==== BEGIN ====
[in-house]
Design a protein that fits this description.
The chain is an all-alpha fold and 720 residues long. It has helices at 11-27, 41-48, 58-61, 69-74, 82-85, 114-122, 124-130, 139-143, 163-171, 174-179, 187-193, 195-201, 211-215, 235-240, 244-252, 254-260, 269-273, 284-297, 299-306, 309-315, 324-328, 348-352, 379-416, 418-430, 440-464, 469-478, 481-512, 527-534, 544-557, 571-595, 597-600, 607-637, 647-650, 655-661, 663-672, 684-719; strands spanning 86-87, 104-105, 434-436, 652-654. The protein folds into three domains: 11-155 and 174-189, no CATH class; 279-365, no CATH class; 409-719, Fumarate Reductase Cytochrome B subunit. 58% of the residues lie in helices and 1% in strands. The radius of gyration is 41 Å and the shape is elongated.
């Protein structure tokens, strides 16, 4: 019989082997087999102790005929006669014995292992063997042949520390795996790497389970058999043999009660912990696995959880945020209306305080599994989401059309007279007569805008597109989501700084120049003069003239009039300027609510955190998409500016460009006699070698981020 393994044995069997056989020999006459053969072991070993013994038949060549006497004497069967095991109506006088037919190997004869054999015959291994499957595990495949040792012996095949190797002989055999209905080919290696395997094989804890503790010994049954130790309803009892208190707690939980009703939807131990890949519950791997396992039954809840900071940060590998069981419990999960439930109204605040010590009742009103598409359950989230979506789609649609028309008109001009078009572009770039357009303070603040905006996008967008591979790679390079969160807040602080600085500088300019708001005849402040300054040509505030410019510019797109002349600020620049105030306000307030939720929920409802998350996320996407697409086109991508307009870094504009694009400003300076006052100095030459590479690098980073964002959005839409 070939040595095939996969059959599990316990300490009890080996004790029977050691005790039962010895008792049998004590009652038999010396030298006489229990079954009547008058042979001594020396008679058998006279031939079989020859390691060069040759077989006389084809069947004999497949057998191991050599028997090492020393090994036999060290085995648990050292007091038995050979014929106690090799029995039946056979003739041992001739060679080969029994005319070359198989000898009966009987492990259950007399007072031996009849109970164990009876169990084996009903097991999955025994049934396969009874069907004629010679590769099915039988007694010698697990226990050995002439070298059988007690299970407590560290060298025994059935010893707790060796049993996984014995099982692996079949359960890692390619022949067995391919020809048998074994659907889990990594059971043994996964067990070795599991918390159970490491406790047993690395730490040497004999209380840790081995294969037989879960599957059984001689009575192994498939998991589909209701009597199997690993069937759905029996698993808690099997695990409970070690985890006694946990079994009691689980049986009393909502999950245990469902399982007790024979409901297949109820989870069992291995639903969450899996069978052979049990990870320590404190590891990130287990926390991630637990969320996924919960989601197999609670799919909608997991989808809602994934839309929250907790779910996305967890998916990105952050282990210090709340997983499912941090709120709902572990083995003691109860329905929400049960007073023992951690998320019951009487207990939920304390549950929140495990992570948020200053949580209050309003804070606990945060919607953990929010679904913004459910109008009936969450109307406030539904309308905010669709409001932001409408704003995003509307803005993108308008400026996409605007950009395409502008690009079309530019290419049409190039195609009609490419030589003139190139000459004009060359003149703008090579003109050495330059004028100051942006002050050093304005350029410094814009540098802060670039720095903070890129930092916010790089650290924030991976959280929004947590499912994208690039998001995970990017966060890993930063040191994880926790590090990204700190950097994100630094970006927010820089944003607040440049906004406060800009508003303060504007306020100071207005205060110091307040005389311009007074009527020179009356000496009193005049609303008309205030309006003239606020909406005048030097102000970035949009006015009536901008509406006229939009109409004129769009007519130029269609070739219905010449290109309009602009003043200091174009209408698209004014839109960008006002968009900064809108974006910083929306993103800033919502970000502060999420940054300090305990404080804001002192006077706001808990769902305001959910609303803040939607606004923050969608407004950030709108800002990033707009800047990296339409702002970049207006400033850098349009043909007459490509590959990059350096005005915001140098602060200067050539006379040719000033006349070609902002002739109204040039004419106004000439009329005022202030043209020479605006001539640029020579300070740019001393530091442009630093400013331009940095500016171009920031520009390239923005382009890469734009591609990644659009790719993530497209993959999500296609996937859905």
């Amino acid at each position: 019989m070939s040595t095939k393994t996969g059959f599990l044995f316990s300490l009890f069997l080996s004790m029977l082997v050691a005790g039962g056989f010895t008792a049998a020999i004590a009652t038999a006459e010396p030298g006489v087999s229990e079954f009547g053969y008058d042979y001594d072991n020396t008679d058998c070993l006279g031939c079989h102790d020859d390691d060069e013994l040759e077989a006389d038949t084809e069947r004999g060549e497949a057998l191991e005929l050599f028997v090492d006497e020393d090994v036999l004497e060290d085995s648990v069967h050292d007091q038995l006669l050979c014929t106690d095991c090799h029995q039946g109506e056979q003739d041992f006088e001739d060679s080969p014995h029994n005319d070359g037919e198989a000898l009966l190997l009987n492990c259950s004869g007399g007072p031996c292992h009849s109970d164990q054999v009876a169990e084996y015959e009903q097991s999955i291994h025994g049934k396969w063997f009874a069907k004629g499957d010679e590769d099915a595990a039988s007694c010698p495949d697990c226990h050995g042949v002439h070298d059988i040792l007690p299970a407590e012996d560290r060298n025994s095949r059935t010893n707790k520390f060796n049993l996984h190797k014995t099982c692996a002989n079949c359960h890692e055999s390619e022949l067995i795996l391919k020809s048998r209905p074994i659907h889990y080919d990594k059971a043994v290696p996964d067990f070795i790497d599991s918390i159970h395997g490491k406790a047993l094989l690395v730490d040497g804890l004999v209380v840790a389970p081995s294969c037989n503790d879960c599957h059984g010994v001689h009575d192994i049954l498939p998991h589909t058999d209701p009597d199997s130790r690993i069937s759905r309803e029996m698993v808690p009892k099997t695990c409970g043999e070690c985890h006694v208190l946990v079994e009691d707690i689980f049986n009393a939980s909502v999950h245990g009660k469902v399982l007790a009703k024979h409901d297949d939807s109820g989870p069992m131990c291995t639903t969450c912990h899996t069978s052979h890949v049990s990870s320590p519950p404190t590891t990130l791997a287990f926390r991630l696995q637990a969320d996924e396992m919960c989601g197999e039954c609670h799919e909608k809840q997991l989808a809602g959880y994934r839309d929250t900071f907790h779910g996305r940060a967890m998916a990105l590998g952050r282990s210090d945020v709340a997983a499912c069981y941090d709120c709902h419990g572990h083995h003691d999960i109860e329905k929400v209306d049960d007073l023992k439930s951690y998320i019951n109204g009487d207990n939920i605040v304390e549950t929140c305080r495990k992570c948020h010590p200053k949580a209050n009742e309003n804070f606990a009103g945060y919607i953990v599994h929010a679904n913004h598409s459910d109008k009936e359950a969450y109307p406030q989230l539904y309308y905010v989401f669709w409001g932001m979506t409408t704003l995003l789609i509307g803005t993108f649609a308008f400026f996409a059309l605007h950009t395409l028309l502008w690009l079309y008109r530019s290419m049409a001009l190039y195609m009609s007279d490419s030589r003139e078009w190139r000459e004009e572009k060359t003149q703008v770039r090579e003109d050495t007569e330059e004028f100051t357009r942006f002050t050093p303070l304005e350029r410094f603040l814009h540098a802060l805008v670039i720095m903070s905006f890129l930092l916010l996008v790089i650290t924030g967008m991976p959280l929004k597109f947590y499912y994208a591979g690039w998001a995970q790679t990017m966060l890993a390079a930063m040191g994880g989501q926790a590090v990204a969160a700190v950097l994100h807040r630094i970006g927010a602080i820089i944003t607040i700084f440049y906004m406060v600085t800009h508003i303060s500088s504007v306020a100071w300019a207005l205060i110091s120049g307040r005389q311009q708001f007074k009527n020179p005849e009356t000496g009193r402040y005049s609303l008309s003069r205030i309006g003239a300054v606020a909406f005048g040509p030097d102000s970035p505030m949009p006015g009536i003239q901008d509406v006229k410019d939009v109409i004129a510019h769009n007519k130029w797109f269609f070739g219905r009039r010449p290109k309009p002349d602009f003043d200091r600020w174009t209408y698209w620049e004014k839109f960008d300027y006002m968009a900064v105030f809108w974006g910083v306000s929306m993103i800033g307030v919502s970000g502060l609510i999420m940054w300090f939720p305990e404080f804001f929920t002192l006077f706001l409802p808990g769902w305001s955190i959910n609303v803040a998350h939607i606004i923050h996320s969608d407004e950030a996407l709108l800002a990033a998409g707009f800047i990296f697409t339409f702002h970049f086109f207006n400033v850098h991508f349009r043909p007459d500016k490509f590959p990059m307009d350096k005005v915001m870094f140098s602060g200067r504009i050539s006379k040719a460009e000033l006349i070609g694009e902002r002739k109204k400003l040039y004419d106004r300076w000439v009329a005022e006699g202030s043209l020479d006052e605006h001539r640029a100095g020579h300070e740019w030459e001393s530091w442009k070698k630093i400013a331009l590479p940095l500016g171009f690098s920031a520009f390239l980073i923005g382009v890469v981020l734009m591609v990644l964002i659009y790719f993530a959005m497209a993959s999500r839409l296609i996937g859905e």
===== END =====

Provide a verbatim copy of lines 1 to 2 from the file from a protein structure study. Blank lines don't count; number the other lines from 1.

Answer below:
[in-house]
Design a protein that fits this description.